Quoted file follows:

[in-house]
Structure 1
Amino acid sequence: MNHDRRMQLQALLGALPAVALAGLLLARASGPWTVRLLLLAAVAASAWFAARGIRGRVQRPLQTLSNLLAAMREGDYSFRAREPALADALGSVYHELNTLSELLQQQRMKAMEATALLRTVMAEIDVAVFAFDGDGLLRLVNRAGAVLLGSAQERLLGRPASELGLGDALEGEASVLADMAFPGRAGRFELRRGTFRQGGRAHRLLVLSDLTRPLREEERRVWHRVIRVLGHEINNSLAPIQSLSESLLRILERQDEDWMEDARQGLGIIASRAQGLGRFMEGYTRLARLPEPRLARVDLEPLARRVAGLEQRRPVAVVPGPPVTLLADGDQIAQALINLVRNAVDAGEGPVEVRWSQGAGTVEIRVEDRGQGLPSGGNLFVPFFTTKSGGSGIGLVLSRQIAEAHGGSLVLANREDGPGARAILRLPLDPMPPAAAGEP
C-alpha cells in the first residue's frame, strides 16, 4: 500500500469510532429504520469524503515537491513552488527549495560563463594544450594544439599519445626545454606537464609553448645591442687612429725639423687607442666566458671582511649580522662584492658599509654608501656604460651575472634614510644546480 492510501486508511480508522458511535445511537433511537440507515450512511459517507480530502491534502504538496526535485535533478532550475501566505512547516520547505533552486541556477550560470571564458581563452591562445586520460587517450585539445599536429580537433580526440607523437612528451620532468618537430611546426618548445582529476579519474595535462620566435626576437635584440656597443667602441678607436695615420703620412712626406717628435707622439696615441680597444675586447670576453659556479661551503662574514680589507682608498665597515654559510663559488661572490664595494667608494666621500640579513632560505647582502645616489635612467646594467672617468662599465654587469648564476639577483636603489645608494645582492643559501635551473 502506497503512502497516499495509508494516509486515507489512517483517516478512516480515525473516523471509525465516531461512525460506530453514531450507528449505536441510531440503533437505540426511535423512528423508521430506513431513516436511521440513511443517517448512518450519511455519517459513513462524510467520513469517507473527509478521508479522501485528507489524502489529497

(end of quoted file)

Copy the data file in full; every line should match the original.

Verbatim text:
[in-house]
Structure 1
Amino acid sequence: MNHDRRMQLQALLGALPAVALAGLLLARASGPWTVRLLLLAAVAASAWFAARGIRGRVQRPLQTLSNLLAAMREGDYSFRAREPALADALGSVYHELNTLSELLQQQRMKAMEATALLRTVMAEIDVAVFAFDGDGLLRLVNRAGAVLLGSAQERLLGRPASELGLGDALEGEASVLADMAFPGRAGRFELRRGTFRQGGRAHRLLVLSDLTRPLREEERRVWHRVIRVLGHEINNSLAPIQSLSESLLRILERQDEDWMEDARQGLGIIASRAQGLGRFMEGYTRLARLPEPRLARVDLEPLARRVAGLEQRRPVAVVPGPPVTLLADGDQIAQALINLVRNAVDAGEGPVEVRWSQGAGTVEIRVEDRGQGLPSGGNLFVPFFTTKSGGSGIGLVLSRQIAEAHGGSLVLANREDGPGARAILRLPLDPMPPAAAGEP
C-alpha cells in the first residue's frame, strides 16, 4: 500500500469510532429504520469524503515537491513552488527549495560563463594544450594544439599519445626545454606537464609553448645591442687612429725639423687607442666566458671582511649580522662584492658599509654608501656604460651575472634614510644546480 492510501486508511480508522458511535445511537433511537440507515450512511459517507480530502491534502504538496526535485535533478532550475501566505512547516520547505533552486541556477550560470571564458581563452591562445586520460587517450585539445599536429580537433580526440607523437612528451620532468618537430611546426618548445582529476579519474595535462620566435626576437635584440656597443667602441678607436695615420703620412712626406717628435707622439696615441680597444675586447670576453659556479661551503662574514680589507682608498665597515654559510663559488661572490664595494667608494666621500640579513632560505647582502645616489635612467646594467672617468662599465654587469648564476639577483636603489645608494645582492643559501635551473 502506497503512502497516499495509508494516509486515507489512517483517516478512516480515525473516523471509525465516531461512525460506530453514531450507528449505536441510531440503533437505540426511535423512528423508521430506513431513516436511521440513511443517517448512518450519511455519517459513513462524510467520513469517507473527509478521508479522501485528507489524502489529497